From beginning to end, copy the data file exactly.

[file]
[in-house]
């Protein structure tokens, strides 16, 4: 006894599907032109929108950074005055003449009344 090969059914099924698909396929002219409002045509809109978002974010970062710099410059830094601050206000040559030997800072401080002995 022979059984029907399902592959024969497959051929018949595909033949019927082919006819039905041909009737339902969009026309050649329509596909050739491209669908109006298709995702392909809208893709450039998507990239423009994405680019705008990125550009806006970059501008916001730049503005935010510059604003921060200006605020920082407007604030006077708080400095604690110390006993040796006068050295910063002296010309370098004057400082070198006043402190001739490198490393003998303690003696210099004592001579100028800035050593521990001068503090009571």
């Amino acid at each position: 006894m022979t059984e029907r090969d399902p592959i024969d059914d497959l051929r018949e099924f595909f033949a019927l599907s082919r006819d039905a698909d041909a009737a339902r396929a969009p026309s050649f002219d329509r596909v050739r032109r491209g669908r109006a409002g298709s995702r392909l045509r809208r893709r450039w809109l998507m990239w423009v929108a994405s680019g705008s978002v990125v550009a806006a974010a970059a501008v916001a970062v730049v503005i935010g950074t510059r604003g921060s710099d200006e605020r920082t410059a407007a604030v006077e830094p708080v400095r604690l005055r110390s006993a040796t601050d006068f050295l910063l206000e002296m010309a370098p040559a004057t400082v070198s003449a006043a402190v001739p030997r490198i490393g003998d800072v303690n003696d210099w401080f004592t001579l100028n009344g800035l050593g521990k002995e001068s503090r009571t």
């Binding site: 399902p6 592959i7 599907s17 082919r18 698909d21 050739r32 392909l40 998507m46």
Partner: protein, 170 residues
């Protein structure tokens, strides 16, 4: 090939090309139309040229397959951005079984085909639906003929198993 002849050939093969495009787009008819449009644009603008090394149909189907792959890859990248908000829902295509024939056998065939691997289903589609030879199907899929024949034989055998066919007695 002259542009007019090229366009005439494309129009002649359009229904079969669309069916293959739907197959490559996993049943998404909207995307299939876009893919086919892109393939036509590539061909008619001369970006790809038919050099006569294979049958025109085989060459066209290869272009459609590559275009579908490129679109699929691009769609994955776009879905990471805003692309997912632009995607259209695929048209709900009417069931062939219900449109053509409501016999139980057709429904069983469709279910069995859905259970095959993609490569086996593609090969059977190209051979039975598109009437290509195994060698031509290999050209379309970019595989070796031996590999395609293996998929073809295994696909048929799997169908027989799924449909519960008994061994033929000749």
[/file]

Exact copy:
[in-house]
């Protein structure tokens, strides 16, 4: 006894599907032109929108950074005055003449009344 090969059914099924698909396929002219409002045509809109978002974010970062710099410059830094601050206000040559030997800072401080002995 022979059984029907399902592959024969497959051929018949595909033949019927082919006819039905041909009737339902969009026309050649329509596909050739491209669908109006298709995702392909809208893709450039998507990239423009994405680019705008990125550009806006970059501008916001730049503005935010510059604003921060200006605020920082407007604030006077708080400095604690110390006993040796006068050295910063002296010309370098004057400082070198006043402190001739490198490393003998303690003696210099004592001579100028800035050593521990001068503090009571």
């Amino acid at each position: 006894m022979t059984e029907r090969d399902p592959i024969d059914d497959l051929r018949e099924f595909f033949a019927l599907s082919r006819d039905a698909d041909a009737a339902r396929a969009p026309s050649f002219d329509r596909v050739r032109r491209g669908r109006a409002g298709s995702r392909l045509r809208r893709r450039w809109l998507m990239w423009v929108a994405s680019g705008s978002v990125v550009a806006a974010a970059a501008v916001a970062v730049v503005i935010g950074t510059r604003g921060s710099d200006e605020r920082t410059a407007a604030v006077e830094p708080v400095r604690l005055r110390s006993a040796t601050d006068f050295l910063l206000e002296m010309a370098p040559a004057t400082v070198s003449a006043a402190v001739p030997r490198i490393g003998d800072v303690n003696d210099w401080f004592t001579l100028n009344g800035l050593g521990k002995e001068s503090r009571t």
């Binding site: 399902p6 592959i7 599907s17 082919r18 698909d21 050739r32 392909l40 998507m46």
Partner: protein, 170 residues
């Protein structure tokens, strides 16, 4: 090939090309139309040229397959951005079984085909639906003929198993 002849050939093969495009787009008819449009644009603008090394149909189907792959890859990248908000829902295509024939056998065939691997289903589609030879199907899929024949034989055998066919007695 002259542009007019090229366009005439494309129009002649359009229904079969669309069916293959739907197959490559996993049943998404909207995307299939876009893919086919892109393939036509590539061909008619001369970006790809038919050099006569294979049958025109085989060459066209290869272009459609590559275009579908490129679109699929691009769609994955776009879905990471805003692309997912632009995607259209695929048209709900009417069931062939219900449109053509409501016999139980057709429904069983469709279910069995859905259970095959993609490569086996593609090969059977190209051979039975598109009437290509195994060698031509290999050209379309970019595989070796031996590999395609293996998929073809295994696909048929799997169908027989799924449909519960008994061994033929000749």